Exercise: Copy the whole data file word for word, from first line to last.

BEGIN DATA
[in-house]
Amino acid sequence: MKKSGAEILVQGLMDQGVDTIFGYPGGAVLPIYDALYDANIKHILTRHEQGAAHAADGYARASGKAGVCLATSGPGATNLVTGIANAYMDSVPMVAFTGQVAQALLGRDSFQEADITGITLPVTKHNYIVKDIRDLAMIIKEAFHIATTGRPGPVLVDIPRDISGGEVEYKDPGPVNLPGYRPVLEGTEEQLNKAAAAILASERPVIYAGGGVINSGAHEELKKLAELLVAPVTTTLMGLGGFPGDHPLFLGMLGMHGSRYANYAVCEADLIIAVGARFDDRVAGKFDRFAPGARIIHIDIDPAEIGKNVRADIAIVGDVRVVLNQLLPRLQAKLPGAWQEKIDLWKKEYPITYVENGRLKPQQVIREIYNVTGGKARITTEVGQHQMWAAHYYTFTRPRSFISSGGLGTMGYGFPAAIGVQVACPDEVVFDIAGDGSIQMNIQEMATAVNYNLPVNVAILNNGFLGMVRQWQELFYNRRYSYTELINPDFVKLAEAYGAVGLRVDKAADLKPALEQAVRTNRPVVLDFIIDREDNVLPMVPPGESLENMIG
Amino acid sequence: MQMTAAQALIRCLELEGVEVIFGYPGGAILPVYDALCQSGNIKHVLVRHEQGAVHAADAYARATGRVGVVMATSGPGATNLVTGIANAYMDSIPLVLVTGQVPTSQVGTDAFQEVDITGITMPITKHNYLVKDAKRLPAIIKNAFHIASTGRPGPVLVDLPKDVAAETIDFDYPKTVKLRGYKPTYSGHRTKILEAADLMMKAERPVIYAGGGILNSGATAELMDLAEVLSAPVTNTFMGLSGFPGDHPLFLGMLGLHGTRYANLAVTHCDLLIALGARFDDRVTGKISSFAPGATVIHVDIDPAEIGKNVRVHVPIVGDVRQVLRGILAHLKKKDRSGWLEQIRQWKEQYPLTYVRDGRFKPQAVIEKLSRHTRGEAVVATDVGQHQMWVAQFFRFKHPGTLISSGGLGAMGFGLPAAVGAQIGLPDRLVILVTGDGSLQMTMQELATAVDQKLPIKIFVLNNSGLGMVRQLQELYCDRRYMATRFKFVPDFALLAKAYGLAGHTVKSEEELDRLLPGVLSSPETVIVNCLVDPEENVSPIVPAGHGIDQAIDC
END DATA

[in-house]
Amino acid sequence: MKKSGAEILVQGLMDQGVDTIFGYPGGAVLPIYDALYDANIKHILTRHEQGAAHAADGYARASGKAGVCLATSGPGATNLVTGIANAYMDSVPMVAFTGQVAQALLGRDSFQEADITGITLPVTKHNYIVKDIRDLAMIIKEAFHIATTGRPGPVLVDIPRDISGGEVEYKDPGPVNLPGYRPVLEGTEEQLNKAAAAILASERPVIYAGGGVINSGAHEELKKLAELLVAPVTTTLMGLGGFPGDHPLFLGMLGMHGSRYANYAVCEADLIIAVGARFDDRVAGKFDRFAPGARIIHIDIDPAEIGKNVRADIAIVGDVRVVLNQLLPRLQAKLPGAWQEKIDLWKKEYPITYVENGRLKPQQVIREIYNVTGGKARITTEVGQHQMWAAHYYTFTRPRSFISSGGLGTMGYGFPAAIGVQVACPDEVVFDIAGDGSIQMNIQEMATAVNYNLPVNVAILNNGFLGMVRQWQELFYNRRYSYTELINPDFVKLAEAYGAVGLRVDKAADLKPALEQAVRTNRPVVLDFIIDREDNVLPMVPPGESLENMIG
Amino acid sequence: MQMTAAQALIRCLELEGVEVIFGYPGGAILPVYDALCQSGNIKHVLVRHEQGAVHAADAYARATGRVGVVMATSGPGATNLVTGIANAYMDSIPLVLVTGQVPTSQVGTDAFQEVDITGITMPITKHNYLVKDAKRLPAIIKNAFHIASTGRPGPVLVDLPKDVAAETIDFDYPKTVKLRGYKPTYSGHRTKILEAADLMMKAERPVIYAGGGILNSGATAELMDLAEVLSAPVTNTFMGLSGFPGDHPLFLGMLGLHGTRYANLAVTHCDLLIALGARFDDRVTGKISSFAPGATVIHVDIDPAEIGKNVRVHVPIVGDVRQVLRGILAHLKKKDRSGWLEQIRQWKEQYPLTYVRDGRFKPQAVIEKLSRHTRGEAVVATDVGQHQMWVAQFFRFKHPGTLISSGGLGAMGFGLPAAVGAQIGLPDRLVILVTGDGSLQMTMQELATAVDQKLPIKIFVLNNSGLGMVRQLQELYCDRRYMATRFKFVPDFALLAKAYGLAGHTVKSEEELDRLLPGVLSSPETVIVNCLVDPEENVSPIVPAGHGIDQAIDC